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Federal Highway Administration Research and Technology
Coordinating, Developing, and Delivering Highway Transportation Innovations

This report is an archived publication and may contain dated technical, contact, and link information
Publication Number: FHWA RD-03-081
Date: June 2003

Updated Minimum Retroreflectivity Levels

Final Report

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Four workshops on MR were conducted in the summer of 2002.(14) Participation was by invitation only and included representatives from city, county, and State transportation agencies, professional organizations (including an industry group), agency attorneys, and FHWA staff. During the workshops, participants were presented with information on sign retroreflectivity, took part in a nighttime demonstration of sign retroreflectivity, and worked to develop recommendations regarding minimum levels of in-service retroreflectivity for signs

The nighttime demonstrations of sign retroreflectivity were conducted to familiarize participants with the visual appearance of signs at various levels of retroreflectivity. They were not conducted to identify acceptable values for minimum levels of in-service retroreflectivity. However, their results can be used to provide a general impression of how the MR levels correspond to the participants' subjective opinions of the signs' visibility at night


During the evening of the first day of the workshops, participants drove through a demonstration course and rated various signs as acceptable or unacceptable. After completing the evaluation, participants were provided with retroreflectivity information for each sign and drove the course a second time, but were asked not to change their evaluations. The evaluation results were collected and presented to the workshop participants the following day.

The widely varying access to research facilities or similar areas where controlled nighttime sign evaluations could be performed resulted in four considerably different set-ups for the nighttime sign evaluation portion of the workshops. The first evaluation (Lakewood, CO) was performed on gated Federal property that resembled a business park. The speeds were low (approximately 25 mph) and the lighting in the area would best be defined as urban. In Hudson, WI, evaluations were performed on a frontage road with very low volumes and little ambient light except the headlamps from the adjacent freeway. The speeds at this site were approximately 40 mph. In College Station, TX, the demonstration was performed on the Texas A&M University's Riverside Campus. The environment was dark and the speeds were approximately 40 mph. In Hanover, MD, the nighttime sign evaluation course was set up in a business park. There was a considerable amount of ambient lighting from the buildings. The speeds were approximately 25 mph and there was more traffic at this site than at the other three.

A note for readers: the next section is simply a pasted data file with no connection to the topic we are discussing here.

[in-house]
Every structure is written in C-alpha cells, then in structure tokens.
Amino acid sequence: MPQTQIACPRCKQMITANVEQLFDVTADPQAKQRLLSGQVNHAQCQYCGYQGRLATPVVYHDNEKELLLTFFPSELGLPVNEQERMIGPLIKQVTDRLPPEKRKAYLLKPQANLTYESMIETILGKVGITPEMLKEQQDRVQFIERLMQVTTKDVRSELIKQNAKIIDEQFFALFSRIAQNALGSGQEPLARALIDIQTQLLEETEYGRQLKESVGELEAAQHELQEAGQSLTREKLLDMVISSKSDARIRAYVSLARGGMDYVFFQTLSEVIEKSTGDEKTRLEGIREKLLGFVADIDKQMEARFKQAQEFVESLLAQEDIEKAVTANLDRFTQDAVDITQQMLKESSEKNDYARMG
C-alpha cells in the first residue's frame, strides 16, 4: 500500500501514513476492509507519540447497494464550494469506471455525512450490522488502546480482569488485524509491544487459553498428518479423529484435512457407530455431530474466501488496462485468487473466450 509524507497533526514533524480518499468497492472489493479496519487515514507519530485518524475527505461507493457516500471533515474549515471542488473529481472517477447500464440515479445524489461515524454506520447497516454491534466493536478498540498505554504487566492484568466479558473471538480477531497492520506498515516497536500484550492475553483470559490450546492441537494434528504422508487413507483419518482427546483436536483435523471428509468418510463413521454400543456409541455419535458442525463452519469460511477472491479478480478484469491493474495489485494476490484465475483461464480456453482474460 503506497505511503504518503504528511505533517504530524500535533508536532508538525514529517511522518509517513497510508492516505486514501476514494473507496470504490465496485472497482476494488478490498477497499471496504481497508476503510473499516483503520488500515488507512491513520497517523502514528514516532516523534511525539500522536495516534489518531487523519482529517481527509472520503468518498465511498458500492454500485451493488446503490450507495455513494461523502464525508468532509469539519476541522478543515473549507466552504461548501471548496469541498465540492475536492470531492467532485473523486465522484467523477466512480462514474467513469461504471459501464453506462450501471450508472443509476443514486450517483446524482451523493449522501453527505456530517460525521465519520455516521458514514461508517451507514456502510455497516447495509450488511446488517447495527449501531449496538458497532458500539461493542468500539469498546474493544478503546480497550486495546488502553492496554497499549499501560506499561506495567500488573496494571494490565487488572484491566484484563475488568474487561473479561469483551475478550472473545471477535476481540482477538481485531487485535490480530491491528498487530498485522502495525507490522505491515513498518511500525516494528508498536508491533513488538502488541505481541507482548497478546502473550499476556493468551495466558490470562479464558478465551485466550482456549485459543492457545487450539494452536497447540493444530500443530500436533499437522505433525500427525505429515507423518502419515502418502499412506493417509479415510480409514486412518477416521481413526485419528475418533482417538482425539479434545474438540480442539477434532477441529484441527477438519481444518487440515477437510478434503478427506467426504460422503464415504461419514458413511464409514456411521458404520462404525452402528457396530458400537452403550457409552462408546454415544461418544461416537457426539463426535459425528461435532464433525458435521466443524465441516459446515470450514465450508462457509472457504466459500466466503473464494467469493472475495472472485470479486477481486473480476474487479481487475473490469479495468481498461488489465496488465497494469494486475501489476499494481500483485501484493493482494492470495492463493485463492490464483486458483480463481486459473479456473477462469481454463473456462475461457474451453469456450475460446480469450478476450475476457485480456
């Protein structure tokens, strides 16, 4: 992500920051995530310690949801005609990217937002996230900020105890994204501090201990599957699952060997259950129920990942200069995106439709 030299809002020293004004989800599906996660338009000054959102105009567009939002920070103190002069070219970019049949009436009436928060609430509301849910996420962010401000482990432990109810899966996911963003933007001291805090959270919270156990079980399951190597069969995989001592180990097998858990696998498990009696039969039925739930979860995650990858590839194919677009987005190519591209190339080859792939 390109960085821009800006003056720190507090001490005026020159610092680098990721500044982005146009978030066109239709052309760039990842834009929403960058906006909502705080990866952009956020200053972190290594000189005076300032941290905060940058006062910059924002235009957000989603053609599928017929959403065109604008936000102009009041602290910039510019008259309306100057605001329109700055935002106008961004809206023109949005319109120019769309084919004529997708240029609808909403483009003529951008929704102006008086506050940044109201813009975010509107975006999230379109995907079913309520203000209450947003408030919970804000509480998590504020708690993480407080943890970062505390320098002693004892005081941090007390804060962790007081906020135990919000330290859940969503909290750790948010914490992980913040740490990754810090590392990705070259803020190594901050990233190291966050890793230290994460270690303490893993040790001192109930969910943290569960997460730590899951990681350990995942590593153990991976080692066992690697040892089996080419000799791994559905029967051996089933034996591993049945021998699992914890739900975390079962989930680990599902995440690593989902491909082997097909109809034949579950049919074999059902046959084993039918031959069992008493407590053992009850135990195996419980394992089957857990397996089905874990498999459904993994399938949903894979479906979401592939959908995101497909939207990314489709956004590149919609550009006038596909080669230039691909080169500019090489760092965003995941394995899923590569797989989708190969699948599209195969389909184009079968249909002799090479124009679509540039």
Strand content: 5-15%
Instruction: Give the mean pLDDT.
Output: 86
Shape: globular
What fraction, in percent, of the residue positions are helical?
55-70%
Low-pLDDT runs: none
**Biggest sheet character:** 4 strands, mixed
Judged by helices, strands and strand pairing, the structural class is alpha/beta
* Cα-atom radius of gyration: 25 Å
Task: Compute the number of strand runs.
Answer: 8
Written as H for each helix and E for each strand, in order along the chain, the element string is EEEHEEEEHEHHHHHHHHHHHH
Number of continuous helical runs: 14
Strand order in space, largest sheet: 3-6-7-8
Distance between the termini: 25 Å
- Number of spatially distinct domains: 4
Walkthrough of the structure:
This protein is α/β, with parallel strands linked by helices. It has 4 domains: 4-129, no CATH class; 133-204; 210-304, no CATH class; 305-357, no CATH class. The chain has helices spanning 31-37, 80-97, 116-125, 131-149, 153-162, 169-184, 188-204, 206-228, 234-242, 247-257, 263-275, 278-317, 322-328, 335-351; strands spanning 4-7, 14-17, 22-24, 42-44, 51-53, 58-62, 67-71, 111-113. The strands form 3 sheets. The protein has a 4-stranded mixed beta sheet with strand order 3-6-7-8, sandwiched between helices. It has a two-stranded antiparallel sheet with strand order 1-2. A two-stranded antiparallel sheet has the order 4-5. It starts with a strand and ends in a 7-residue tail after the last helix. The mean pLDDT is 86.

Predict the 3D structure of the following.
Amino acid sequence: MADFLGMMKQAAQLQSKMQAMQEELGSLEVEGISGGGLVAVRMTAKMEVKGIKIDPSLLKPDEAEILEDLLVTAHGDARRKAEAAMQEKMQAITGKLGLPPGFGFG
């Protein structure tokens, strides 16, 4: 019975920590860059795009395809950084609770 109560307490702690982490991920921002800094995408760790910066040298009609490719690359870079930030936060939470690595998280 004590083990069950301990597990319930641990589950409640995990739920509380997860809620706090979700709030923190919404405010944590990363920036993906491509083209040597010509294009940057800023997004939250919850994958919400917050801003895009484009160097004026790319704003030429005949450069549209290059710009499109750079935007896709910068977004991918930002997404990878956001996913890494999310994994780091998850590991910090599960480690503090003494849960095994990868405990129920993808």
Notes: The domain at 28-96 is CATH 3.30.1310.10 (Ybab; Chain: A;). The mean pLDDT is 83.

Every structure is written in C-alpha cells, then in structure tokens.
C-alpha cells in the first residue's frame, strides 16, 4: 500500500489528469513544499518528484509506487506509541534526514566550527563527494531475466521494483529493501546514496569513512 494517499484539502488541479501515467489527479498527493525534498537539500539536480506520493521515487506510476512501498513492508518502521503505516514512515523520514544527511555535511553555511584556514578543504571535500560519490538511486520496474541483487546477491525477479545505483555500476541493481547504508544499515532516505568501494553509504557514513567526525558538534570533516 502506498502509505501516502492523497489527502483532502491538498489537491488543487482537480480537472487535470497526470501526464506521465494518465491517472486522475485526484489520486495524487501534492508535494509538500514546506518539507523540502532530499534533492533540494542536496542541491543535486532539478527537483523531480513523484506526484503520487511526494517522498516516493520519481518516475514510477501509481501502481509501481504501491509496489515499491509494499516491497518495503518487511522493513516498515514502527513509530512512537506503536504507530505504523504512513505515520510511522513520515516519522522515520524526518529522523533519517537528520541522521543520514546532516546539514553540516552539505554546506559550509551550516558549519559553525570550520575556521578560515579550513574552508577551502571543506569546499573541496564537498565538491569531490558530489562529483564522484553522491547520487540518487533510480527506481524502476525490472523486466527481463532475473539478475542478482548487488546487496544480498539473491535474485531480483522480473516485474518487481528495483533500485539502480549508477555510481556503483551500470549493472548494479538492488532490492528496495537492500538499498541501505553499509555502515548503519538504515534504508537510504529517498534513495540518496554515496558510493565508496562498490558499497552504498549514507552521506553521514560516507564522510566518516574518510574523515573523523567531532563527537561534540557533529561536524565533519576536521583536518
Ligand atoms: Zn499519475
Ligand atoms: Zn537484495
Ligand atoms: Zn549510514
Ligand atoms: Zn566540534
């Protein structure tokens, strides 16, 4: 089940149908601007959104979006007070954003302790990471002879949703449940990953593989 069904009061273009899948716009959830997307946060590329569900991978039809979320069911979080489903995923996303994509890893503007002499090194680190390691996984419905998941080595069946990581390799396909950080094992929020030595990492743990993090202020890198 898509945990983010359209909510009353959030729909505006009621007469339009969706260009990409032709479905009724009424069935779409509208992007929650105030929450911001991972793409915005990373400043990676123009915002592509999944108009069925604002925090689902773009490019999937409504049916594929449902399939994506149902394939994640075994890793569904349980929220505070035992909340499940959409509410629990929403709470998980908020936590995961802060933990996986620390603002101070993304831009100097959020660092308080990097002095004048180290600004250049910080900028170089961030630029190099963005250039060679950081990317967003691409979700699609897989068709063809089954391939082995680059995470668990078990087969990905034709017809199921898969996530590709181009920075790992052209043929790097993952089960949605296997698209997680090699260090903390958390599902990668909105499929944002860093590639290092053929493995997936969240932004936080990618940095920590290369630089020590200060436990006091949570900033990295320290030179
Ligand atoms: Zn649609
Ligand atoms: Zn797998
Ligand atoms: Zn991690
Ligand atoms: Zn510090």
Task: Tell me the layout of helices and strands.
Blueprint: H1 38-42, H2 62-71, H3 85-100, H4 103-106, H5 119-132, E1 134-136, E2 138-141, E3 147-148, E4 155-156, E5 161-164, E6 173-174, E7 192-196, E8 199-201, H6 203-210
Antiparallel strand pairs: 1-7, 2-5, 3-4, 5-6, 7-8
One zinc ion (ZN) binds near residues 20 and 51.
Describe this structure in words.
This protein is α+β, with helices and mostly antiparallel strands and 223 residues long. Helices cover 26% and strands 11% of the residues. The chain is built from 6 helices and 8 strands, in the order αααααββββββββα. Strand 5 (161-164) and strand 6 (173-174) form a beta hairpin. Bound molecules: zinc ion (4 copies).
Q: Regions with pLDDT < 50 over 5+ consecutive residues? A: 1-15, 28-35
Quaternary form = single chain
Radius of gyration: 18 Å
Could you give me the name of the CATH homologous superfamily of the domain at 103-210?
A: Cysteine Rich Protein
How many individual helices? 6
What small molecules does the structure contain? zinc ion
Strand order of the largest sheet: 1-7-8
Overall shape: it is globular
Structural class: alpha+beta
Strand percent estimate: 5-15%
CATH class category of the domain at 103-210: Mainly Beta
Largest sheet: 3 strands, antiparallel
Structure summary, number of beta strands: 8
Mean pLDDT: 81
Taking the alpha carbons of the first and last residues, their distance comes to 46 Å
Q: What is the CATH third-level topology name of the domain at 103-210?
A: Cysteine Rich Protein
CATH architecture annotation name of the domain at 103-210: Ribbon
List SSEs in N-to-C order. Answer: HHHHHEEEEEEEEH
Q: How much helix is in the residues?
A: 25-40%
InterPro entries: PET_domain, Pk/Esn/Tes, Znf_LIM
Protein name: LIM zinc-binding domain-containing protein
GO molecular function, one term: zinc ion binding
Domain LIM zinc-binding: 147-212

The same signs were not used at all the study locations, although 12 signs were used consistently at the last three workshops. These signs were specially made to give a rough estimate of the correlation between the workshop participants' subjective ratings and the recommended updated MR levels. The idea for this technique originated from a participant in the Colorado workshop, so it was only used at the last three workshops.

The signs were a STOP sign (R1-1), a CURVE sign (W1-2), and a DIVIDED HIGHWAY ENDS sign (W6-2a). The signs were chosen to represent a white-on-red iconic sign that conveys its message primarily through shape and color, a bold symbol sign that should be easy to recognize, and a fine symbol sign that requires legibility as opposed to recognition. For each sign type, there were four duplicate signs. One sign was fabricated with beaded high-intensity sheeting (ASTM Type III). The other three were fabricated with engineering-grade sheeting (ASTM Type I). The retroreflectivity of two of the engineering-grade signs was degraded by applying varying levels of polyurethane to the sign. This technique resulted in four levels of retroreflectivity for each sign type. The objective of having four levels of retroreflectivity for each sign type was to evaluate the overall acceptance at various levels. For instance, the new beaded high-intensity signs were thought to be adequate for all conditions and that most, if not all, workshop participants would approve of these signs. On the other end of the scale, it was thought that by severely degrading a set of engineering signs to a relatively low level, most workshop participants would fail these signs. The middle grouping of retroreflectivity levels was established to be near the proposed minimum levels. Table 33 shows the retroreflectivity levels of the signs used in this evaluation.